Paranoia is a syndrome in which a person thinks or believes, without justification, that other people are plotting or conspiring against him, are harassing him, or are otherwise persecuting or trying to harm him in some way.

Paranoid thinking frequently causes a person to interpret or exaggerate innocuous or trivial incidents in a self-referent way; e.g., to see two people talking at a distance and to irrationally assume that they are plotting against or criticizing him.

Grandiosity or delusions of grandeur, which consist of exaggerated and unjustified ideas of a person's own importance, wealth, or power, frequently coexist with the classic persecutory orientation in paranoia.

Paranoia or paranoid thinking can be a prominent or primary feature in schizophrenia (paranoid schizophrenia), personality disorders, senile dementias, affective disorders, and manic-depressive psychoses, and indeed it is difficult to demarcate strictly what the DSM-III defines as paranoid disorders proper.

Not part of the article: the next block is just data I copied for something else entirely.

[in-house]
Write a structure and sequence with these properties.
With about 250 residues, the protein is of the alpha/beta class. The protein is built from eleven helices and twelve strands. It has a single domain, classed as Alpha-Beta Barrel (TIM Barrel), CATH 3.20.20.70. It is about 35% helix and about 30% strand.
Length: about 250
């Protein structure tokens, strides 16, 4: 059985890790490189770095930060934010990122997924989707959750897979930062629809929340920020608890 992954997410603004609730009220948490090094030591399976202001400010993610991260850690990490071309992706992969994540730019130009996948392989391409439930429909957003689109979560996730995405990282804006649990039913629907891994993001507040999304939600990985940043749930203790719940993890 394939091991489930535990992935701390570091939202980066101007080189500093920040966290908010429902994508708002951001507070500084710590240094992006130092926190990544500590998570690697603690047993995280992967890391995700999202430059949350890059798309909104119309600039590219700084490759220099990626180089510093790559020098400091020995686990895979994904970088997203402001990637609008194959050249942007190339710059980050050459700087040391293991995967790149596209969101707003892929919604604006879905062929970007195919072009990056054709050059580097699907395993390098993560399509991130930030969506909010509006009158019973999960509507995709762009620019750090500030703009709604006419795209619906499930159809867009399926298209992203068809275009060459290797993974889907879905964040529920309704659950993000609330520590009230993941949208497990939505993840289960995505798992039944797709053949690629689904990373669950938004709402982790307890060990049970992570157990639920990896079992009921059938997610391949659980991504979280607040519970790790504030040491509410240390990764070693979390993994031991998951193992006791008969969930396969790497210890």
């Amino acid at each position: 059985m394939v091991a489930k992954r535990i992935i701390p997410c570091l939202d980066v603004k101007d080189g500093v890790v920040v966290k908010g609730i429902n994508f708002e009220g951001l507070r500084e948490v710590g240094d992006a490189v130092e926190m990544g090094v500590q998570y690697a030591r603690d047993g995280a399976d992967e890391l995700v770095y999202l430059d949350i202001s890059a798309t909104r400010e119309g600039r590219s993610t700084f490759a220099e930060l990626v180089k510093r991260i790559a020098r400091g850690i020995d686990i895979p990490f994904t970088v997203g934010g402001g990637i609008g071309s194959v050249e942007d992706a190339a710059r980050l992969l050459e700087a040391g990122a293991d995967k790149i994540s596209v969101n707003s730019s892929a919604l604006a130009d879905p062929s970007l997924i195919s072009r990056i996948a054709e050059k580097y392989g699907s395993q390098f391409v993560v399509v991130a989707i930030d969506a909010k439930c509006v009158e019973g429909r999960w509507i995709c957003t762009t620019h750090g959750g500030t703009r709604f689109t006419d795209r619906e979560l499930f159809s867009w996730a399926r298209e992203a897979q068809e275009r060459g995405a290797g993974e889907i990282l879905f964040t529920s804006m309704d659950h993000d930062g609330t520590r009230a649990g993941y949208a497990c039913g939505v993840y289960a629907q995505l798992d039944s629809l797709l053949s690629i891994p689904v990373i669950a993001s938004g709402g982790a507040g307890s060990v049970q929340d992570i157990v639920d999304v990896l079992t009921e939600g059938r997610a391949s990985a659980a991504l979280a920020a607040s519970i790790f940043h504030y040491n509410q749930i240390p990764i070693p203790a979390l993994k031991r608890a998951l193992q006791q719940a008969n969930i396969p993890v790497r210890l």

Persons with paranoid disorders may be otherwise normal people who are simply abnormally suspicious, or they may have an unshakable and highly elaborate delusional system involving worldwide conspiracies against them.

A special type of paranoia is delusional jealousy, in which a person delusionally believes or suspects that his spouse is having sexual relations with someone else.

A paranoid disorder can seriously impair an individual's social or marital functioning, but his thinking remains clear and orderly, his intellectual functioning is impaired only minimally or not at all, and the core of his personality remains intact.

Many people with paranoid disorders can have normal or near-normal careers.

The treatment of persons with paranoid disorders involves the use of antipsychotic drugs, frequently on a long-term maintenance basis.